Now that we have zebra mussels in the Whitefish Chain, what can we expect?
That question was put recently to Dan Swanson, an Aquatic Invasive Species (AIS) specialist for the Minnesota Department of Natural Resources.
He emphasized that only a few adult zebra mussels were discovered in 2013 in the Whitefish Chain. The DNR had divers down for several days in several lakes looking for them.
They looked also for “baby” zebra mussels floating in the water. The DNR invasive species specialists dragged very fine nets through the water looking for the floating (not yet attached) immature veliger form of zebra mussel. They are so small a microscope is needed to see them.
This plankton netting revealed that these tiny zebra mussel veligers were present throughout most of the waters of the Chain, though in very low numbers. In some nets no veligers were found.
A few boat lifts taken out last fall had an occasional zebra mussel.
Swanson says Whitefish is in the early stage of an invasion.
However, he adds, zebra mussels have the capability to expand their numbers at phenomenal rates. A female starts producing eggs within 7 weeks after settling in a fixed location and can produce upward of 1,000,000 eggs a year.
Different growth rate on two other area lakes
Zebra mussels were discovered in two other lakes in our county a few years ago, Gull and Pelican.
The rate of growth in each has been very different.
Gull has had explosive growth. DNR divers in 2012 found 153 adult zebra mussels per square
foot on the bottom of Gull lake. In Pelican even a single zebra mussel was difficult to find.
What will happen on Whitefish?
Both Dan Swanson and Gary Montz, DNR Research Scientist would not speculate about what might happen in Whitefish.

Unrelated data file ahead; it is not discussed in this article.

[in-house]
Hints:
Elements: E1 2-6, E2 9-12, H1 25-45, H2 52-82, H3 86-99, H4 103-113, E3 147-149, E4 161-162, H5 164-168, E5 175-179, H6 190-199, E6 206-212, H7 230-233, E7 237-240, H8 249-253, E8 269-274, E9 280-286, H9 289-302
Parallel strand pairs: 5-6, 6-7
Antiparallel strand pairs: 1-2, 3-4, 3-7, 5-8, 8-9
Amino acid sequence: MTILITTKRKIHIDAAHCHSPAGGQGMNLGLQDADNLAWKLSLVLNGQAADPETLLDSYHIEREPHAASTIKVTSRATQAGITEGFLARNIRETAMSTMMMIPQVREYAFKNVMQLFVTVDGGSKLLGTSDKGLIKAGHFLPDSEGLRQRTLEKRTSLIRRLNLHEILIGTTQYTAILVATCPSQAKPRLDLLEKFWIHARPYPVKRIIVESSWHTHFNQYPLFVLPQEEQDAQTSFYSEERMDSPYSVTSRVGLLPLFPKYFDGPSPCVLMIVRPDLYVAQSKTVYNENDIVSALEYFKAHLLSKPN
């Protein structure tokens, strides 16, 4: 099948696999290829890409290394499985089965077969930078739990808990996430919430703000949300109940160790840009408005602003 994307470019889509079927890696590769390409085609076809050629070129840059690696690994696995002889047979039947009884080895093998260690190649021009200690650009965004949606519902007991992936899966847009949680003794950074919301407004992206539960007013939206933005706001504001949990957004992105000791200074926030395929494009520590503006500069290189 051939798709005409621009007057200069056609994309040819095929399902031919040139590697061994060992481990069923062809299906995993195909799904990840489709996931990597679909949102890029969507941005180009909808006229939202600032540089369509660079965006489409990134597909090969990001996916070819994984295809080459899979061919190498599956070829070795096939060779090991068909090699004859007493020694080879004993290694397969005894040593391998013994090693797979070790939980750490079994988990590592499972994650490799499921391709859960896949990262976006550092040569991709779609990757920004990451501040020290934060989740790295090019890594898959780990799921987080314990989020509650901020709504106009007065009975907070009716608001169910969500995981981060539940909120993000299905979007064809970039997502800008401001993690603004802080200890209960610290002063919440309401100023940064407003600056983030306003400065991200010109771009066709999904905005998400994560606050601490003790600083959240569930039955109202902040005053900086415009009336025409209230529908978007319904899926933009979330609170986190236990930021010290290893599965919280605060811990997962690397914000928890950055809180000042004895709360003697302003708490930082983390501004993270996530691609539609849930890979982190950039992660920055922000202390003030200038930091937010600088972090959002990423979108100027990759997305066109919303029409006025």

Talking in general about why some lakes get more zebra mussels than others they say it may depend on a complicated interaction of biologic and chemical factors in the water.
The science is not yet at a point that precise predictions can be made.
Montz said that a chain of lakes with each lake having different water conditions and lake bottom surfaces might very well end up having different concentrations of zebra mussels.
Montz commented that zebra mussels depend on algae for food. If a lake is short on nutrients it would seem that would limit zebra mussel production. Those lakes already tend to have little vegetation and very clear water.
What we do know
The water may get clearer. Each zebra mussel filters about a quart of water a day, filtering out algae that they need of food. This leave less food for fish.
With clearer water plants may grow more prolifically and to deeper depths.
The zebra mussel veligers (tiny immature form) float around for a few days and then strongly attach themselves to almost anything in the water: docks, buoys, boats, motors, native clams, plants, other zebra mussels and even items made of glass or fabric.
With time the zebra mussels can destroy wood and metal surfaces.
As zebra mussels proliferate they build by glueing onto one another or almost anything else. They can obstruct pipes–even large ones. A group of zebra mussels can smother native mussels.
What should boaters do?
Boats and motors are not immune. Especially if they sit in the water with little use.
The boat’s bottom surface in contact with the water will get covered with zebra mussels as will the outside of the motor and propeller.
Zebra mussels will also proliferate in any hollow space filled with water as long as it doesn’t get too hot.
So live wells with all their piping, boat bilges, and bladders on wake boats are good places for zebra mussels to flourish.
Zebra mussels will die if they get dry, although that can take several days or more depending on the temperature.
Boaters can use lifts to get their boats out of the water. They should also drain any water remaining in the boat and motor, including the bilge, live wells, and wake boat bladders.